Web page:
By Joice Alves
LONDON (Reuters) -Sterling edged up on Wednesday after data showed British inflation hit a more than nine-year high last month, fuelling expectations the Bank of England could act sooner to hike rates.
Consumer prices in Britain rose by 3.2% in annual terms last month, the biggest monthly jump in the annual rate in at least 24 years, largely due to a one-off boost reflecting the "Eat Out to Help Out" scheme that pushed down restaurant meal prices last year.
The BoE expects inflation to rise sharply this year and hit a peak of 4%. The strong reading for inflation could reinforce expectations that the BoE is set to tighten monetary policy quicker than the European Central Bank or the U.S. Federal Reserve.
"The strength of the August UK CPI inflation data is fanning expectations that the BoE may take a slightly hawkish bias at next week's policy meeting," said Jane Foley, head of FX strategy at Rabobank.
Hugh Gimber, global market strategist at J.P. Morgan Asset Management added that "with inflation running hot and wages on the rise, the Bank looks quite likely to be one of the first major central banks to hike rates next year".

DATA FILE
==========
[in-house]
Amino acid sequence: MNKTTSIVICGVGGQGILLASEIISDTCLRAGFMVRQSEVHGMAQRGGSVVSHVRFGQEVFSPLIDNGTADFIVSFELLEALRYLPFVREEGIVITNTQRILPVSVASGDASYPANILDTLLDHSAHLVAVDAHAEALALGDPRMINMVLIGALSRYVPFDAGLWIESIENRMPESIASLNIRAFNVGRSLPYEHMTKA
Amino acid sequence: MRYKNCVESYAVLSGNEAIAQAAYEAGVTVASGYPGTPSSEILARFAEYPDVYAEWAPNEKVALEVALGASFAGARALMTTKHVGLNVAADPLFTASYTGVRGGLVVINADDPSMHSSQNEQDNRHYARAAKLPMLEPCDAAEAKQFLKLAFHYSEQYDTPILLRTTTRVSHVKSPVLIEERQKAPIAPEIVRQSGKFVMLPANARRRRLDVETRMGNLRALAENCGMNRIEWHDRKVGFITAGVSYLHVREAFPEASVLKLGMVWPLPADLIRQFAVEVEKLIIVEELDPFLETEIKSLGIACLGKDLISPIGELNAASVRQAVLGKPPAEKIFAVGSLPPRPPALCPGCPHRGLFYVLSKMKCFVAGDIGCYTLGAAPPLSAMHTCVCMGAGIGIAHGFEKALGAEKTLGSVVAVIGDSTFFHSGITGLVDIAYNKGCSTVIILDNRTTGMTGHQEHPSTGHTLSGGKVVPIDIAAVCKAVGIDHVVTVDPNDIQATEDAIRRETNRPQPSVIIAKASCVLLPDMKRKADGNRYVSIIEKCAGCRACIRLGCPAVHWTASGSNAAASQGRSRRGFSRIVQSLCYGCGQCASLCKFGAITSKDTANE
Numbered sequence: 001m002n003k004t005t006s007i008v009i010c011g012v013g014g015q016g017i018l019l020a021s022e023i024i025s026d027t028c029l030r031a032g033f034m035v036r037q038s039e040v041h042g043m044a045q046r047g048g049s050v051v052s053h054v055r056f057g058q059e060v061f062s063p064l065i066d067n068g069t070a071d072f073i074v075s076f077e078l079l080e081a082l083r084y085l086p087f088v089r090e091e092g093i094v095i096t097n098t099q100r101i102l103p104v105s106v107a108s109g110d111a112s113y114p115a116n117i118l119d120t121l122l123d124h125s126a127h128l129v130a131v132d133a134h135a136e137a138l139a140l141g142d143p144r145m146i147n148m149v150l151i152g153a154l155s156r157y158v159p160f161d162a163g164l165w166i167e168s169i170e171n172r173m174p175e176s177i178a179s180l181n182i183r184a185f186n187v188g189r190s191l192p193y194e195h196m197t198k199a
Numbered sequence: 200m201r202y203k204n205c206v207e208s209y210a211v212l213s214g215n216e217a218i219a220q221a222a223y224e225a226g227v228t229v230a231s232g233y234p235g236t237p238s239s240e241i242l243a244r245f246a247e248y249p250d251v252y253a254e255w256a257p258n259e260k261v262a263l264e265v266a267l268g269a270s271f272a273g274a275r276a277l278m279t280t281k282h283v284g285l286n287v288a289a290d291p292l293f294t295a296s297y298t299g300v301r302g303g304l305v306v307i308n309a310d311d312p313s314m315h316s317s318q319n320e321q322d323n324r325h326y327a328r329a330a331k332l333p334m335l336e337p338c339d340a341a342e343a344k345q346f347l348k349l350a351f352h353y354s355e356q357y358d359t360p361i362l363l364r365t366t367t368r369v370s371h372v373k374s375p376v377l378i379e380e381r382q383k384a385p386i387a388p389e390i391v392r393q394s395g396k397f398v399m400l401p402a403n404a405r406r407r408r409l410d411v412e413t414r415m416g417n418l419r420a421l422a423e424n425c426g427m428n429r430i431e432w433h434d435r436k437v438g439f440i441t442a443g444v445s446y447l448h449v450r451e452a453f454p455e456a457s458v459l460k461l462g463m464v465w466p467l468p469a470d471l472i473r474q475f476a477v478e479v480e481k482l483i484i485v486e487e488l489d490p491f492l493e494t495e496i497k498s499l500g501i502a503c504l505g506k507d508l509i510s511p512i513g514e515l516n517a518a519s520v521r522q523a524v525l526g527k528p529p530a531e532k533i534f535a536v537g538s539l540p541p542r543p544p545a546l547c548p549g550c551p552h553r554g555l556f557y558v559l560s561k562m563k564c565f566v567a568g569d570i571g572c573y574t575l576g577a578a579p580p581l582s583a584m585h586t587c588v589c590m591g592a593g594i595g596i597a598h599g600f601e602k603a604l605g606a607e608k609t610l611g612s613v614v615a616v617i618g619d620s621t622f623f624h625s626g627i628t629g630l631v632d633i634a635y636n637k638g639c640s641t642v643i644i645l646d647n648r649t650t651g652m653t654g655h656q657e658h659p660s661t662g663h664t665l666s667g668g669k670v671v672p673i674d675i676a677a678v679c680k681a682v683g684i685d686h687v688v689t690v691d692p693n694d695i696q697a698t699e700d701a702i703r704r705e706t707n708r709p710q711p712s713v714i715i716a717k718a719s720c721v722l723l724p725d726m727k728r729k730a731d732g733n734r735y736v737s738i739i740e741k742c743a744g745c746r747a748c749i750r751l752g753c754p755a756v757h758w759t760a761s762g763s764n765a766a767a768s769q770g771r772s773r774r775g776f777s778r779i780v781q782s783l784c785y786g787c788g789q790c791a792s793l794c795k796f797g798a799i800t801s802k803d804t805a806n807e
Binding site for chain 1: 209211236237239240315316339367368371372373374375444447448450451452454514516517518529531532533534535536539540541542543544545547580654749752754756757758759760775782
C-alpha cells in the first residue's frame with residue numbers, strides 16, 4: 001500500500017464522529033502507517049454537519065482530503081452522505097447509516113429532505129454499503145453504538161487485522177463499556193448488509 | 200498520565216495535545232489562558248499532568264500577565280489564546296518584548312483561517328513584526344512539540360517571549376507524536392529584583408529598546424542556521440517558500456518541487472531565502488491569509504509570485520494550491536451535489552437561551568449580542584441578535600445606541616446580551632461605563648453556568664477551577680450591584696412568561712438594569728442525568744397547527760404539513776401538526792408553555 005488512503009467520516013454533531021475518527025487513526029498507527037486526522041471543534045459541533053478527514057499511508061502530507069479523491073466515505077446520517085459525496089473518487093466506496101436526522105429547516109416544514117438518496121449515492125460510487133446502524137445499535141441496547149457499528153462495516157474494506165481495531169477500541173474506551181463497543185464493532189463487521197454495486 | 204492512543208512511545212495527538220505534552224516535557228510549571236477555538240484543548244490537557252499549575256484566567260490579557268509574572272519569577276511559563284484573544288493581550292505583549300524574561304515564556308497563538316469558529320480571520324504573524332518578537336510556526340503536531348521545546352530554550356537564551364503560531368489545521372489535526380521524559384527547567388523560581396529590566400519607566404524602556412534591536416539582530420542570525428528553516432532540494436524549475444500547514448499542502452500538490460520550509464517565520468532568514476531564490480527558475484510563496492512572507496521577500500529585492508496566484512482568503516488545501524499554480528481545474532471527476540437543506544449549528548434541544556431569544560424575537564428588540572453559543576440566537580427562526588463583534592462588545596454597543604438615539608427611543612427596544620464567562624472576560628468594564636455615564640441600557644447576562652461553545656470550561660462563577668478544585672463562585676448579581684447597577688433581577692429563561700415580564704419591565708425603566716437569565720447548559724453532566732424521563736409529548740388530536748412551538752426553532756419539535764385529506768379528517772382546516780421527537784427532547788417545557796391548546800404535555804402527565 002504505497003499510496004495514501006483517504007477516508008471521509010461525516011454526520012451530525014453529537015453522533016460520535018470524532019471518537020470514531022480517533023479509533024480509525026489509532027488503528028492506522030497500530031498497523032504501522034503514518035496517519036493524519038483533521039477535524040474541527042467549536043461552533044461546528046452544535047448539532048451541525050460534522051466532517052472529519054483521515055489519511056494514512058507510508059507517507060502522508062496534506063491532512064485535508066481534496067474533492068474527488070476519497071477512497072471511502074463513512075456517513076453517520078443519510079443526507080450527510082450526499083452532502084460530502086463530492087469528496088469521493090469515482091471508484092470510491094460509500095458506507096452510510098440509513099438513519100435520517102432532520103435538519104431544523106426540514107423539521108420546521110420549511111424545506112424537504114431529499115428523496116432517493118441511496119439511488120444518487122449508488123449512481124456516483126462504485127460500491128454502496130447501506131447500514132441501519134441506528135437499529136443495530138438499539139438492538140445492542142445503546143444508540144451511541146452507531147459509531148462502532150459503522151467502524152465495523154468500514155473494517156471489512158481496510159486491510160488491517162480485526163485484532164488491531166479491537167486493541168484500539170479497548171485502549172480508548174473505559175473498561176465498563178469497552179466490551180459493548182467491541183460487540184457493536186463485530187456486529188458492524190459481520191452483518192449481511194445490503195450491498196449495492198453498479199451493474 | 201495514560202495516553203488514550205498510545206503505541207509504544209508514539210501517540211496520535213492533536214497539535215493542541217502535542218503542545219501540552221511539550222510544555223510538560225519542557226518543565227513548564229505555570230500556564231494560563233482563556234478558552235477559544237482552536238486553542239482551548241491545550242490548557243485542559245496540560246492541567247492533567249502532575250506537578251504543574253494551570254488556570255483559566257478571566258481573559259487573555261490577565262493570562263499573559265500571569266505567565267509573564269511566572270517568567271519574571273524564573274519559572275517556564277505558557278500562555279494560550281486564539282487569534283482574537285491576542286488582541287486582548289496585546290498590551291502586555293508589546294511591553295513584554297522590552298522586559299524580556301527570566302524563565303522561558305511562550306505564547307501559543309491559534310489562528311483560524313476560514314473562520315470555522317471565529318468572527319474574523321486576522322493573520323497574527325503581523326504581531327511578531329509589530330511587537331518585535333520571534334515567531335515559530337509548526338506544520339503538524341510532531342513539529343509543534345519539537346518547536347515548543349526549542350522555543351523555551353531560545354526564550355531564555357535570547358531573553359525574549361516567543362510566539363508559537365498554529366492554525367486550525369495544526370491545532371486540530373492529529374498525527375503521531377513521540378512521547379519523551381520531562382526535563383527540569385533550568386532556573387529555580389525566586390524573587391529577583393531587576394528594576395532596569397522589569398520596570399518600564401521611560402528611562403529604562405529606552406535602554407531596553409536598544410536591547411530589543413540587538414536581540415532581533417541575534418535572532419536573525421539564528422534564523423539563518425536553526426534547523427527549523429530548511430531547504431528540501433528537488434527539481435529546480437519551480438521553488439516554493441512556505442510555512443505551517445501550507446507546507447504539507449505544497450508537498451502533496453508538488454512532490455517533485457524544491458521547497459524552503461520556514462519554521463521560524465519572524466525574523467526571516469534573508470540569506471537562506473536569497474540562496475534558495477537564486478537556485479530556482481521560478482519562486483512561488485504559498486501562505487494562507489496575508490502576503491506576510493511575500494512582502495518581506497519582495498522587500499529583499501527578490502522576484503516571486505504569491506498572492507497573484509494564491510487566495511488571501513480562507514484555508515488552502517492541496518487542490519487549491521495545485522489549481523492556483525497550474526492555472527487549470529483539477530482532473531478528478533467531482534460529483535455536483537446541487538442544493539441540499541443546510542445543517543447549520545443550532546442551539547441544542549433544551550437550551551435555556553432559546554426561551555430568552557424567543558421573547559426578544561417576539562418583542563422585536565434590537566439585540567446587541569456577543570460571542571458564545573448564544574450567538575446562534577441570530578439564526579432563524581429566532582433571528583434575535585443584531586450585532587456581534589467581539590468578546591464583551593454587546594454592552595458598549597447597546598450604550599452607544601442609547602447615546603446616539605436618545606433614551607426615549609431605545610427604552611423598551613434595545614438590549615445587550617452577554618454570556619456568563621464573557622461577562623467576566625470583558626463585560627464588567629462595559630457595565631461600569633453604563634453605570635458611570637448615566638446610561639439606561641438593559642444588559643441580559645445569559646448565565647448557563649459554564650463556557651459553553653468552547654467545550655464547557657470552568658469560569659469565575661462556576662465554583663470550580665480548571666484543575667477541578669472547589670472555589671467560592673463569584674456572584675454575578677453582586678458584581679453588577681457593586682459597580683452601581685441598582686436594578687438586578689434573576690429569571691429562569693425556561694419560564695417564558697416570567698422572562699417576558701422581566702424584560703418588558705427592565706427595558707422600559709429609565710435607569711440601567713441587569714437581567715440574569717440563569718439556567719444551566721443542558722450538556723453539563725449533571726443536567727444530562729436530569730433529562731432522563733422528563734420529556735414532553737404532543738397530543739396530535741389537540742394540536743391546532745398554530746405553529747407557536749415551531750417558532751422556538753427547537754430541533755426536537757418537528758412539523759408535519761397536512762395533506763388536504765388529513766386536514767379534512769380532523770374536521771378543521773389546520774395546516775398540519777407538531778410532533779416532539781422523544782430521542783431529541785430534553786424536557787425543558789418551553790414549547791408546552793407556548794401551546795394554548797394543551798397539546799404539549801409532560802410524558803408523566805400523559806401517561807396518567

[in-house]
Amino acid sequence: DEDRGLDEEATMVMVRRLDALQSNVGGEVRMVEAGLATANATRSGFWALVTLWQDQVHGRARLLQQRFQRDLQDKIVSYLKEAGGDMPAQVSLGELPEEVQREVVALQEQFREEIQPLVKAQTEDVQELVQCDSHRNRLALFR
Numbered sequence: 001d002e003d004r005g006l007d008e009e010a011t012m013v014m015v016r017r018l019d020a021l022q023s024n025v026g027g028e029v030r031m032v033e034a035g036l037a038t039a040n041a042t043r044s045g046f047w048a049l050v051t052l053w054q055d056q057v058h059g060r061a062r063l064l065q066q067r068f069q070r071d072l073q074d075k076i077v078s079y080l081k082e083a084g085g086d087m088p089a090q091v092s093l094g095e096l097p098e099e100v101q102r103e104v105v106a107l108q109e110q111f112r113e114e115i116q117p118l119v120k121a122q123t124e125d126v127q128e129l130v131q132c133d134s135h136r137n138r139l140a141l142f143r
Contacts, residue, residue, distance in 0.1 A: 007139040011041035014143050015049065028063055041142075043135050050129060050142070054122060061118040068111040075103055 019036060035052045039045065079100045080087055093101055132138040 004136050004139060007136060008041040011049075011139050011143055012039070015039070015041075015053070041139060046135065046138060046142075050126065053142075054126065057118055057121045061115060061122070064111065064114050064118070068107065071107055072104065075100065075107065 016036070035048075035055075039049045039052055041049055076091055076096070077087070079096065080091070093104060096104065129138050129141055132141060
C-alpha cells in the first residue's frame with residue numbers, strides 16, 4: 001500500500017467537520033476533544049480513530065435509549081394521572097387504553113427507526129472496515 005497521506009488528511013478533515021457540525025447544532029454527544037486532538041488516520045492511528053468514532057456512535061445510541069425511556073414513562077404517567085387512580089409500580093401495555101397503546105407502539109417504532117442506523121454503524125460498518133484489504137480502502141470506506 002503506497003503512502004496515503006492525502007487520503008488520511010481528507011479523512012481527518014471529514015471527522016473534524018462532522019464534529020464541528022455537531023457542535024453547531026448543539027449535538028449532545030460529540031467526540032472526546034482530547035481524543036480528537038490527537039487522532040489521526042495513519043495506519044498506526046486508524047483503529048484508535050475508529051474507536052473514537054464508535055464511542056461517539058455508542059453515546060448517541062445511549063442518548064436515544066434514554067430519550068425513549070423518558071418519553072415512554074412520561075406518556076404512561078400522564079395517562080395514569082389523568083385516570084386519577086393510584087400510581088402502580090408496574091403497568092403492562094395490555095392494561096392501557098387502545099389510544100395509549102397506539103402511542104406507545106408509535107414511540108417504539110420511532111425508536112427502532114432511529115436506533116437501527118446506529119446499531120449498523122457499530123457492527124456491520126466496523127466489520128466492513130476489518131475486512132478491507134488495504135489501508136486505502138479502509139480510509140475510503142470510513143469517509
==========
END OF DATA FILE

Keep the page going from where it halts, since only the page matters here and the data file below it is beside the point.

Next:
A poll from Reuters found that investors believed the BoE would raise borrowing costs by the end of 2022.
But the latest numbers brought forward these expectations to mid-2022, said Stuart Cole, head macroeconomist at Equiti Capital. This "explains the support sterling is seeing at the moment".
Even taking into account the "Eat Out to Help Out" scheme, "underlying pressures remain strong", with inflation considerably above the BoE's 2% mandated target, Cole said.
Sterling rose 0.2% versus the dollar at $1.3832 by 1450 GMT, but it was off the 5-week high of $1.39.13 against the dollar touched on Tuesday.
Versus the euro, the pound rose 0.15% to 85.39 pence, off the 3-week high of the previous session.
Sterling has gained support this week from data showing the total number of payrolled employees in Britain has climbed to pre-pandemic levels, and by data pointing that U.S. underlying consumer prices increased at their slowest pace in six months in August.
(Reporting by Joice Alves; Editing by Andrew Cawthorne and Alex Richardson)